Holidays are filled with family memories and traditions, interwoven into the fabric of who we are. This month’s contemplation article, “Celebrating Light,” by Swamiji and Rukmini made me contemplate the most meaningful for me: the Christmas Eve lighting of the candles.
Around midnight the church deacons dim all the lights and the angelic voices of the choir begin singing “Silent Night, Holy Night.” Then, from one end of the pew to the other, each person lights another’s candle. As the sanctuary slowly fills with light, our voices join together in tender melody. From the time I was a little girl, the magic of this moment filled my heart. To this day, it still does, yet there’s a difference.
As a yogi, I expect every day to be filled with the light of that newborn babe: Consciousness born, over and over again, in every moment, in every heart, no matter what is happening on the outside.
This does not describe religion. This is mysticism: the ability to see the Divine in All; to experience the hidden mystery of your own inner Self. With this understanding, a yogi can love and respect all religions.
Sutra 8 of the Pratyabhijinahrdayam explains: “Consciousness becomes many different traditions to meet the needs of so many different people.”
We are all unique expressions of the one Divine Reality. Knowing this makes every day a holy day.
When you are not feeling the sacred in your everyday, you’ve lost the Self. You feel “empty, needy and incomplete.” Then, when the holiday hoopla kicks in, you’re more easily seduced by the excesses and false promises of the season. But yoga gives you independent bliss — an ever-arising fountain of joy that overflows into your life and into every relationship. Now you can give from a place of fullness, needing nothing in return. Such is the freedom of the Self! In this way, you could see celebrations as a Marker Pose, to see how far you’re coming along in your inner and outer journey.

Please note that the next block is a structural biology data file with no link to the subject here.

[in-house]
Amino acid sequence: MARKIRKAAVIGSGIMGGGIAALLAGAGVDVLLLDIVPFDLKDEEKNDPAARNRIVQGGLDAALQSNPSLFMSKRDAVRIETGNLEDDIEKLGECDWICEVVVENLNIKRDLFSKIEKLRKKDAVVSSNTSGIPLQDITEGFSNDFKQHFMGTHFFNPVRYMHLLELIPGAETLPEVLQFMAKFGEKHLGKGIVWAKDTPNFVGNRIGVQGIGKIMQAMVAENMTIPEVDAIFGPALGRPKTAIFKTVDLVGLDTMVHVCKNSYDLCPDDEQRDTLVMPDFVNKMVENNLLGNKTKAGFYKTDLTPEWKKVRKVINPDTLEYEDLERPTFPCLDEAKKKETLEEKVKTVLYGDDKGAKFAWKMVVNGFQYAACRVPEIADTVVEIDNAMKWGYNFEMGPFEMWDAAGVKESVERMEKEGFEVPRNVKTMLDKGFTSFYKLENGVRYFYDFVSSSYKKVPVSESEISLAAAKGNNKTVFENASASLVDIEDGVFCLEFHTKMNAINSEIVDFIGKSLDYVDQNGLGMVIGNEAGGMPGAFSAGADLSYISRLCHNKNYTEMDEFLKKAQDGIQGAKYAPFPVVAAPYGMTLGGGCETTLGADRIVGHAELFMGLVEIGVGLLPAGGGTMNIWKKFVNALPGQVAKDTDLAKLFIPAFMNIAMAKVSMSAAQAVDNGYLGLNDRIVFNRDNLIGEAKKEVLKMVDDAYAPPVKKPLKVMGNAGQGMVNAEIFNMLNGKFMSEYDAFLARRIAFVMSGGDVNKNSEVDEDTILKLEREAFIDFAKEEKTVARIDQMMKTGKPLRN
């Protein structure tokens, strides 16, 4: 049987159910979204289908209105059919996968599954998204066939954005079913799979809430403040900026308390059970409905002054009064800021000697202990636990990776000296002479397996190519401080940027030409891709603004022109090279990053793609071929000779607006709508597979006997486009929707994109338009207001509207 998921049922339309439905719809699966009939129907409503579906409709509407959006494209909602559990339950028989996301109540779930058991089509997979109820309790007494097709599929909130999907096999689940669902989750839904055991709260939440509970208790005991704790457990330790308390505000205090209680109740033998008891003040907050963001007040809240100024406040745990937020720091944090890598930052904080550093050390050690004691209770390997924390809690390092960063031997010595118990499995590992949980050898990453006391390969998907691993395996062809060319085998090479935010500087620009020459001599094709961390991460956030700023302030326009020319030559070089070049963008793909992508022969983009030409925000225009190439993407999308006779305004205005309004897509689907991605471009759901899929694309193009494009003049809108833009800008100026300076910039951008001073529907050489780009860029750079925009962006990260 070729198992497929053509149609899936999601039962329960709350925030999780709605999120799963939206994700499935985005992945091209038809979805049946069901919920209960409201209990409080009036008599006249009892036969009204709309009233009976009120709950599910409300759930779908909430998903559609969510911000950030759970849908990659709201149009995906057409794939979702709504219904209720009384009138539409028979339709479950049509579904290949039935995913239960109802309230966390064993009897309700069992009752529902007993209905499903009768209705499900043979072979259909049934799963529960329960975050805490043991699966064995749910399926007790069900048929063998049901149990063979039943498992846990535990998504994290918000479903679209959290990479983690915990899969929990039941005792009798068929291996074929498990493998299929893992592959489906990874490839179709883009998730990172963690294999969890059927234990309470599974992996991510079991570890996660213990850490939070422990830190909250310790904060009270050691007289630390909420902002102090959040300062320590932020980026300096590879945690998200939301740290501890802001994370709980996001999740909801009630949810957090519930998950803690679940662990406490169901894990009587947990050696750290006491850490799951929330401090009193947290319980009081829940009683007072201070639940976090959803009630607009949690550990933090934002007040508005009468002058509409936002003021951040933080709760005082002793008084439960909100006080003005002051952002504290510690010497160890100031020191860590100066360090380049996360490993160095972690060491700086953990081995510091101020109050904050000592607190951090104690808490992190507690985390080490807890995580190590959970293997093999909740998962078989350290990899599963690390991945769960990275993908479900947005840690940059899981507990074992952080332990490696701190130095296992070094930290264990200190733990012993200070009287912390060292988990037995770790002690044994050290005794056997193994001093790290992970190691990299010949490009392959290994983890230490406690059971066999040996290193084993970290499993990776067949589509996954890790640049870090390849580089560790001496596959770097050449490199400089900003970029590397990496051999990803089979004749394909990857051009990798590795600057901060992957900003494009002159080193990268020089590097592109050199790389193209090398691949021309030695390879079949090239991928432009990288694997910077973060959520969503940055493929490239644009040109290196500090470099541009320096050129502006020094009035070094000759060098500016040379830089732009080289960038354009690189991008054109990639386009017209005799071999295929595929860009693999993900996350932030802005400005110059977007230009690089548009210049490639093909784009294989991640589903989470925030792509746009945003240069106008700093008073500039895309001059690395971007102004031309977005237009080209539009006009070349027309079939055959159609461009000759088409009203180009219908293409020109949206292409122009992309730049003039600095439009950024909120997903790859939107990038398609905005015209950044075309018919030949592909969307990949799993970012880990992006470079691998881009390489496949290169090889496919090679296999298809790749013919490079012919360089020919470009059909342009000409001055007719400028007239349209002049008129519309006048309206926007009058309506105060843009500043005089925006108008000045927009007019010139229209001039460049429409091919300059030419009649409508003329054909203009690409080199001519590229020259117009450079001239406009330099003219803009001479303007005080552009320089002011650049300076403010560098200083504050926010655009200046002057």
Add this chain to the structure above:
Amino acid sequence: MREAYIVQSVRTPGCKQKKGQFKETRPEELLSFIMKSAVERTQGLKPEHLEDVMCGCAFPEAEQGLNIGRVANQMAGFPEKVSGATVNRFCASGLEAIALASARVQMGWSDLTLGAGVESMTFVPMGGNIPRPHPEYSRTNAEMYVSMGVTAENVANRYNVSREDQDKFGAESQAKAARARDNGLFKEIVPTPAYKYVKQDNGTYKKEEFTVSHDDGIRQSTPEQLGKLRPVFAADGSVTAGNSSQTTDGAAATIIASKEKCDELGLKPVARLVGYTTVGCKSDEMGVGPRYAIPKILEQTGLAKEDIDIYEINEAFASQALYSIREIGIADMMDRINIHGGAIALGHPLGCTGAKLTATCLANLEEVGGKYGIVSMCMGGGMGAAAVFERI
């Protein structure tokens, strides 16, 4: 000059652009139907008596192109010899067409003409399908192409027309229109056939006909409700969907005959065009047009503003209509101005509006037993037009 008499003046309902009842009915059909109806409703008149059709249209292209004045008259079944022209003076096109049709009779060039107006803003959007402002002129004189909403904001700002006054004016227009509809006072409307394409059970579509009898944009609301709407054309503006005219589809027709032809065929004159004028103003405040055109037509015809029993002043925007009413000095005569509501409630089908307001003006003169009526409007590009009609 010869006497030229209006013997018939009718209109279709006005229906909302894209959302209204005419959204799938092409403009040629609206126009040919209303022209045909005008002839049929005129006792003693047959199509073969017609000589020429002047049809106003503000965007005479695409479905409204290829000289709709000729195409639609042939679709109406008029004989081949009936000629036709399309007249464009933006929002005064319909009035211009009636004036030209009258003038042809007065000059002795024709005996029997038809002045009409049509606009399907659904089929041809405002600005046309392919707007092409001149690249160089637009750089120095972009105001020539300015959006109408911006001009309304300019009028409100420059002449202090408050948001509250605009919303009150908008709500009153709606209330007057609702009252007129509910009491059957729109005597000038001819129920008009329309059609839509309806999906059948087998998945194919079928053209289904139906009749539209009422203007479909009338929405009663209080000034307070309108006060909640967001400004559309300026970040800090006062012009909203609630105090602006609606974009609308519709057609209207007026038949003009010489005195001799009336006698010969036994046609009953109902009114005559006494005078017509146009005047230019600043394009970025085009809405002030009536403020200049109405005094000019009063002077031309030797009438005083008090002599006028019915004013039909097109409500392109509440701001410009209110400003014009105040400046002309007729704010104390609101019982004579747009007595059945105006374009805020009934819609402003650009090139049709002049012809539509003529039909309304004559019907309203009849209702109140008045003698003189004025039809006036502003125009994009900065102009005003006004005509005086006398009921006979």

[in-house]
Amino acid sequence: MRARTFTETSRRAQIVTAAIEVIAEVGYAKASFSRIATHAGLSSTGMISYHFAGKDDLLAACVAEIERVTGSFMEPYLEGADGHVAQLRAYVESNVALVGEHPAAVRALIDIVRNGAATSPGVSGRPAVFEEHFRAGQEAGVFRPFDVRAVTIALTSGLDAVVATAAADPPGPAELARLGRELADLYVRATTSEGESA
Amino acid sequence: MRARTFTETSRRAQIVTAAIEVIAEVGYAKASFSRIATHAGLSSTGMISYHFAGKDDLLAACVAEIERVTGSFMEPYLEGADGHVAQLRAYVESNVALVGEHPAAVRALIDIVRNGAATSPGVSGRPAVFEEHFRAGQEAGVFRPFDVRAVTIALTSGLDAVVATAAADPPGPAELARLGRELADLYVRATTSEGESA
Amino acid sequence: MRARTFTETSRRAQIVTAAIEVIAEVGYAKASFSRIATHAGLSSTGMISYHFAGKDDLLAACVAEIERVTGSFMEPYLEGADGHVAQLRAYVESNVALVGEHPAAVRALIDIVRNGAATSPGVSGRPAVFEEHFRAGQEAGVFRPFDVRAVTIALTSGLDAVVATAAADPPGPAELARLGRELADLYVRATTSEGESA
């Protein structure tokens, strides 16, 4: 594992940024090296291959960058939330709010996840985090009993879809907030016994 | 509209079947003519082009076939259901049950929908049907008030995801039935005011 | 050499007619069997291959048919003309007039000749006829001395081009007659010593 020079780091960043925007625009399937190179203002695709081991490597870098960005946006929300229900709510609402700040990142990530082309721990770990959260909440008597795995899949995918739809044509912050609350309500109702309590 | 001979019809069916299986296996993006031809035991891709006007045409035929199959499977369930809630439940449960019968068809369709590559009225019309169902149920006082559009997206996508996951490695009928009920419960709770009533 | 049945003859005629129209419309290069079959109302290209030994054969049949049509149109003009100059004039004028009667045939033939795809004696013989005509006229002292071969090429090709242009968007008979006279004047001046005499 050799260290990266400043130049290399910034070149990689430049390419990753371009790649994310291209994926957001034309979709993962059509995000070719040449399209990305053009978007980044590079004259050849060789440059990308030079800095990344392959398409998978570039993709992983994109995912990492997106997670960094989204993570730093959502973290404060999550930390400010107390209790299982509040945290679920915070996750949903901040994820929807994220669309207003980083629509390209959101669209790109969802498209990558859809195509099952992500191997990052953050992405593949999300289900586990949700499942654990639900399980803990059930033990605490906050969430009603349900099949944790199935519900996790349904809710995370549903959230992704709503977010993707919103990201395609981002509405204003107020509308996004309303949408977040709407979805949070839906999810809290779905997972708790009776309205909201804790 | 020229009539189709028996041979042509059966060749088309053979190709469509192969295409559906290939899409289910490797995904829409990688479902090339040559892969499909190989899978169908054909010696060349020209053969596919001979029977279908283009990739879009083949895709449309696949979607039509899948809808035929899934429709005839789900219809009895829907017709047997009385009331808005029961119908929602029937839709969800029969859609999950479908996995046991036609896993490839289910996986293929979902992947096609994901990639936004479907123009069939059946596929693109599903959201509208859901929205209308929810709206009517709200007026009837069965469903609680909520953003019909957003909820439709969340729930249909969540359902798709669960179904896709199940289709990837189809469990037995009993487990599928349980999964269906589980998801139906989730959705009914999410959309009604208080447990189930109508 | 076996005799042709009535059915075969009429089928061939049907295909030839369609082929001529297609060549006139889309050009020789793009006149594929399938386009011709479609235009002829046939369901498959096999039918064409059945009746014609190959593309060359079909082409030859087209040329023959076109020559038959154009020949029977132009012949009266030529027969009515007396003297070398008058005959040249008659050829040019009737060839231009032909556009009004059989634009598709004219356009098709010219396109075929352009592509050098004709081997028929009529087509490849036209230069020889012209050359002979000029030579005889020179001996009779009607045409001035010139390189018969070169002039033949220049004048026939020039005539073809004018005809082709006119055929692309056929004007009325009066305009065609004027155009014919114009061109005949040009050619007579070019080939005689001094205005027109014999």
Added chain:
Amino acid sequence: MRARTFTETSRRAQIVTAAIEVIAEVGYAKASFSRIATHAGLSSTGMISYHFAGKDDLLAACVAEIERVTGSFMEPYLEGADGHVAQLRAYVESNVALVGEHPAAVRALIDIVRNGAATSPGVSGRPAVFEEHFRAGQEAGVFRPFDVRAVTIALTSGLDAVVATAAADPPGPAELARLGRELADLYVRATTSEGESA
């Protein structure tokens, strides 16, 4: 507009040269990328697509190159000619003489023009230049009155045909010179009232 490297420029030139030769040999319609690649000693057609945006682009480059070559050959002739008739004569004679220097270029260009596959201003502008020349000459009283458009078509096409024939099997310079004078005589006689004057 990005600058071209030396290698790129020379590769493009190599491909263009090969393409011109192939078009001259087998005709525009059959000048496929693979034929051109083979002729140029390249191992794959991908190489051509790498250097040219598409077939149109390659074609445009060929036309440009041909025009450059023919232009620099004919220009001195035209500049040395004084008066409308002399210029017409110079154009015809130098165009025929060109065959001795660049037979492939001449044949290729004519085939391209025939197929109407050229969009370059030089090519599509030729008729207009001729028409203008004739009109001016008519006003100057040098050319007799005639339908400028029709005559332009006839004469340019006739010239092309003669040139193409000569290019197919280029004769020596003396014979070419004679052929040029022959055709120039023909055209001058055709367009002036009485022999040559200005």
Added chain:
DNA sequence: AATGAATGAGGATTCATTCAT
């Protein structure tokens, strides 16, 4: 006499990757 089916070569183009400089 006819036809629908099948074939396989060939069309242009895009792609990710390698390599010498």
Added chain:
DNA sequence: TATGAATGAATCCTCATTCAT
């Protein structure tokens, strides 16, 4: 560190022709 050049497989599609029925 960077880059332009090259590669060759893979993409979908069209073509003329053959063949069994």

Christmas Eve is one of those sacred moments when my Christian roots merge with my mystical life as a yogi. The passing of the candle flame has an even deeper significance for me as well. Verse 109 of the Guru Gita describes the gift of the Guru:
Nityam brahma nirakarm nirgunam bodhayet param
Just as one lamp lights another lamp, the Guru imparts the knowledge that everything is Brahman (God). — rendered by Swami Nirmalananda
Where can you go that God is not? Without the Guru lighting my inner lamp with her Cosmic Light, I would still be stumbling around in the shadows of my small “s” self. I’d still be looking for others to fill me up. But Swamiji has given me my Self, revealing a rich dimensionality to whatever I am experiencing. The carol “Silent Night” describes this inner state perfectly: “All is calm, all is bright.” Being attuned to my innermost essence, while being open to everything around me, makes every moment, in every day, a holy day.
Om svaroopa svasvabhavah namo namah
To your Inherent Divinity, again and again I bow.